In fact, it’s in “Sly” that the improvements wrought by the new vinyl remastering are most striking. There’s a lot going on in the improvised sections, with Mason and Summers creating complex rhythms, Hancock running chords in the right channel, and he or Maupin soloing furiously. The instruments sound constricted on CD in the busiest sections, but the new LP makes it easy to hear and place them in the recording space. All elements of the recording now have enough room to register, and the electronic instruments, which can easily sound flat and uninvolving, are now more expansive and three-dimensional.

Hancock went on to make more fusion records in the ’70s, such as Thrust (1974) and Man-Child (1975), that stood out because they leaned more toward funk than to rock. Head Hunters has been sampled by many artists, ranging from Tupac to Madonna, but more than 40 years after its release it still sounds startlingly fresh. This new pressing lets you hear how carefully Hancock constructed the music, and how well he and the other musicians worked together to bring it to life.

Netflix recently produced and released What Happened, Miss Simone?, director Liz Garbus’s documentary film about the great singer, pianist, and songwriter Nina Simone, who was born Eunice Kathleen Waymon. It’s a deeply moving look at a charismatic, uncompromising performer who often used her great gifts to highlight her expression of the pain of being an African-American woman. Simone became increasingly vocal in her support of civil rights, and in 1964 wrote and recorded “Mississippi Goddam,” in response to the murder of Medgar Evers in Mississippi and the church bombings in Birmingham, Alabama.

Simone is the subject of another documentary, to be released later this year, and a biographical film currently in production. She died in 2003, almost 45 years after the release of her first album, Little Girl Blue. Her label, Bethlehem Records, released the LP in stereo in 1959, several months after its mono release. When I reviewed a vinyl reissue by Naxos/Versa in October 2013, I noted that while John Sigman’s remastering of Little Girl Blue was probably from a digital source, I enjoyed it nonetheless.

Like the other LPs under consideration here, Analogue Productions’ reissue of Little Girl Blue (AAPJ 083) is an all-analog remastering, by Ryan Smith at Sterling Sound. I was well satisfied with the earlier vinyl, but when I compared Simone’s cover of Duke Ellington’s “Mood Indigo” on both pressings, the AP’s superiority jumped out of the speakers. Albert “Tootie” Heath’s brushes on snare behind Simone’s piano are more palpable and there in front of me, and Jimmy Bond’s double bass is bigger, more urgent -- I can feel the attack of each note more powerfully.

Little Girl Blue

Simone then sings “Don’t Smoke in Bed,” accompanying herself on piano. On the earlier pressing, the piano notes sound out clearly, but on the AP I can hear them resonating inside the instrument -- the effect is larger, more involving. Simone’s voice is also more defined, more present, more exciting. She’s just much more in the room with me.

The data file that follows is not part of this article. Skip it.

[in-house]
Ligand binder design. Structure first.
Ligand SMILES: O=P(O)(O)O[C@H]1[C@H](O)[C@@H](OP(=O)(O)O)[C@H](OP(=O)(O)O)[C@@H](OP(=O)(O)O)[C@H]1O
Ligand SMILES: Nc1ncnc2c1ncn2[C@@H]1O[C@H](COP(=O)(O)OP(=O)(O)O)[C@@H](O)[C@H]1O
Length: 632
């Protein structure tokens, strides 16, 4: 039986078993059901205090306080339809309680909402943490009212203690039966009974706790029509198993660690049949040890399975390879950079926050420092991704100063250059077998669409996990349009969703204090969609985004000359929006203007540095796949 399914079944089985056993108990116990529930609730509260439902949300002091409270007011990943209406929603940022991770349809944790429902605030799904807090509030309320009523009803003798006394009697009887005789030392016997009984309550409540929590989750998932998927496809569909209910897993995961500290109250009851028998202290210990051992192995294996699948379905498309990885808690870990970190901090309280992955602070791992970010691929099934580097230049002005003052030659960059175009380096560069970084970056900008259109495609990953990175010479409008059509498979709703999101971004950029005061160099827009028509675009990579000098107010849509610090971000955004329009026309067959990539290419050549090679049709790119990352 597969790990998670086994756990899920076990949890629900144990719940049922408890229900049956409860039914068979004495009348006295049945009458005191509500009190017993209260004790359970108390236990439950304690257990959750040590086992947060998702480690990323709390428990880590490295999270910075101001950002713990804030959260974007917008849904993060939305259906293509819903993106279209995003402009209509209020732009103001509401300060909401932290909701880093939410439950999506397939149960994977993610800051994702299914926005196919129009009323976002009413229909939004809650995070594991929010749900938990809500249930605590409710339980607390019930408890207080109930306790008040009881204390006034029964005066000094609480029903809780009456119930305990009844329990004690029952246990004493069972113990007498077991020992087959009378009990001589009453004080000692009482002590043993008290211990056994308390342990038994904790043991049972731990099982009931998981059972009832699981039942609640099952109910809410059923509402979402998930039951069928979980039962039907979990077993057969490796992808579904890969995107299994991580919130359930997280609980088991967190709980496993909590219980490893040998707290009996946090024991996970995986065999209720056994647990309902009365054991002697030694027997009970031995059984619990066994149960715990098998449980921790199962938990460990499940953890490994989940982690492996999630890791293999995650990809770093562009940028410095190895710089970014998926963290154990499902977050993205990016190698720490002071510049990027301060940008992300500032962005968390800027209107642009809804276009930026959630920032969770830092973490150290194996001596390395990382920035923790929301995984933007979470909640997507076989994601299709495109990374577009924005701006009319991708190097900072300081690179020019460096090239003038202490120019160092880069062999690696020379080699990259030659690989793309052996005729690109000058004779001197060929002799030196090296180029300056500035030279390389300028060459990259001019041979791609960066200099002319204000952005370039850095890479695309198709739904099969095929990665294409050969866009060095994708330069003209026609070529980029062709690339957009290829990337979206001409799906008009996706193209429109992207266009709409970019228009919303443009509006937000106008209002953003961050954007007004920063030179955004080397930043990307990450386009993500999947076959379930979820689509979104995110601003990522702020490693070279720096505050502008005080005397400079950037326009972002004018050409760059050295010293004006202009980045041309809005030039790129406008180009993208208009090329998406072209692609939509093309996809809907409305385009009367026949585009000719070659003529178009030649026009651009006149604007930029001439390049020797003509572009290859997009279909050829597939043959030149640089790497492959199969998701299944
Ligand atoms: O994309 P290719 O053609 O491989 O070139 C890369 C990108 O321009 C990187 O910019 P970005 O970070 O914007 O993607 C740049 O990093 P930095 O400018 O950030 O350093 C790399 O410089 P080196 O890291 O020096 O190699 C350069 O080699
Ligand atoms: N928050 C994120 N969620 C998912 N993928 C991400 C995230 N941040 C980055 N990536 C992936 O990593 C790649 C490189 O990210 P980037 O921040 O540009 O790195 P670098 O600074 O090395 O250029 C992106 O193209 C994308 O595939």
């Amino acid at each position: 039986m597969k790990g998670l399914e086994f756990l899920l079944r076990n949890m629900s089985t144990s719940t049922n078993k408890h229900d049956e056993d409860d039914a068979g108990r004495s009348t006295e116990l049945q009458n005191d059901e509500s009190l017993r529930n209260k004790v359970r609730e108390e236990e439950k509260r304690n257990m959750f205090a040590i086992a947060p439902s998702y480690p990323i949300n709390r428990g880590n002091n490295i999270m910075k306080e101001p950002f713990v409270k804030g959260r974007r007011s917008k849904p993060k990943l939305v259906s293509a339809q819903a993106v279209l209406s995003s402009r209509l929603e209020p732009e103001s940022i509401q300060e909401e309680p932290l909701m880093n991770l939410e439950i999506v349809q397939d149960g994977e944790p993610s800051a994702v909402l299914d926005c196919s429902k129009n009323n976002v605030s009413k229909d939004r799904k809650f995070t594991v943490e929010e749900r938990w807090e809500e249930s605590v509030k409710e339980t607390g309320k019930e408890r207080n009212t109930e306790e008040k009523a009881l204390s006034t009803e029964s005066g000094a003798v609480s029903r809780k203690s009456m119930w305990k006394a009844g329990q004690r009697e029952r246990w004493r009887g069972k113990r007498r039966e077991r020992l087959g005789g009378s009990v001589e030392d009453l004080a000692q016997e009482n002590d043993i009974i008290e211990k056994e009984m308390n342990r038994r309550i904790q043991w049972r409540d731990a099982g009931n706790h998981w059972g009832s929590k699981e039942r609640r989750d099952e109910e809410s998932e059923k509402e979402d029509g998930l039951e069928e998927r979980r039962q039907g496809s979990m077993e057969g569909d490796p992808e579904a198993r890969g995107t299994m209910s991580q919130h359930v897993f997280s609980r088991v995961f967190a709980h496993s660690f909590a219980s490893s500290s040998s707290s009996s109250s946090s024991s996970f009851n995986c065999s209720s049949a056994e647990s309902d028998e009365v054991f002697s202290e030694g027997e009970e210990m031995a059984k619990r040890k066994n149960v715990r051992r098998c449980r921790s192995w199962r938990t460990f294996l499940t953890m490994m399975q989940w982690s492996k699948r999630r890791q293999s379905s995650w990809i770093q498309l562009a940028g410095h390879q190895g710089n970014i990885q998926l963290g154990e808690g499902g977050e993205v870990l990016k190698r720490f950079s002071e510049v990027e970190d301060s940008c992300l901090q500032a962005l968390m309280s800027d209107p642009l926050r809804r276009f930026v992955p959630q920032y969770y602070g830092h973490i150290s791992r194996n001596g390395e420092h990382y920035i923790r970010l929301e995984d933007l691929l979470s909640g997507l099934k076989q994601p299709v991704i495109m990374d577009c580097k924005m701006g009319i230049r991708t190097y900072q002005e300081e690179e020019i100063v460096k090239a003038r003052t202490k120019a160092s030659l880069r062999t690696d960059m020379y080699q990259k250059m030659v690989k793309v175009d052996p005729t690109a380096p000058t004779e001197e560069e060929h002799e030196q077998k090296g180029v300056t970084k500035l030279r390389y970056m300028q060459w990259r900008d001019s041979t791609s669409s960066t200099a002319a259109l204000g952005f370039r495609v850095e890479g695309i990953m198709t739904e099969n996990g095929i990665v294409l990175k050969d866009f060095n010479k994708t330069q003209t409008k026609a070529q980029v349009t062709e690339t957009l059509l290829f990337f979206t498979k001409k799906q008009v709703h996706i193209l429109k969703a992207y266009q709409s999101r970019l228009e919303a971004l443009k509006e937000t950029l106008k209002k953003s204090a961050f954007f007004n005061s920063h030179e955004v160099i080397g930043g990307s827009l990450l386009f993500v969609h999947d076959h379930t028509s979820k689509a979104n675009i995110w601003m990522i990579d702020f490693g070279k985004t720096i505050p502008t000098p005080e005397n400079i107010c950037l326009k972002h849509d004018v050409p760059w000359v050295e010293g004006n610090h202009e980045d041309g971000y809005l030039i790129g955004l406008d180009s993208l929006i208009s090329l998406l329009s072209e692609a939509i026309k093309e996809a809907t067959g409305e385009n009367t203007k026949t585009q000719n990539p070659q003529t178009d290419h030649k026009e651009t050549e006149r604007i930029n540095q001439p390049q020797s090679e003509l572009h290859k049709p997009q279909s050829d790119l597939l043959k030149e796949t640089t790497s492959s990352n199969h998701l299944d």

Simone’s version of “My Baby Just Cares for Me” from this album became a hit in the UK in 1987, after it appeared in a perfume ad. It shows off her formidable piano skills -- classically trained, Simone originally contemplated a career as a concert pianist -- and the exquisite balance of emotion and control that informed her singing. On the Naxos pressing, this track now sounds somewhat flat. Heath’s brushstrokes on snare are in much sharper focus on the AP pressing, Bond’s bass is fuller, with more bounce, and Simone’s use of dynamics on piano has much more impact. When she strikes the keys for emphasis, it hits harder.

Listening to the AP pressing of Little Girl Blue is like being a few tables closer to the stage. At one point in “My Baby Just Cares for Me,” the band stops and you can hear Simone tapping her foot in time. It’s there in both pressings, but it has more impact -- and becomes a greater part of the experience -- on the AP.

Analogue Productions has done everything right to ensure that these reissues are first class. Pressed by Quality Record Pressings on 200gm vinyl, each disc is flat, beautifully finished, and utterly quiet, and is packaged in a heavy cardboard jacket with well-reproduced artwork. The Nina Simone and Jeff Beck LPs are in gatefold jackets with additional photos.

The packaging is terrific, but it’s the sound of these LPs that will bring you back again and again. Ryan Smith has done an exemplary job of remastering, which in my case meant letting me hear new things in albums I’ve played many times before. I look forward to more excellent reissues from Analogue Productions.

. . . Joseph Taylor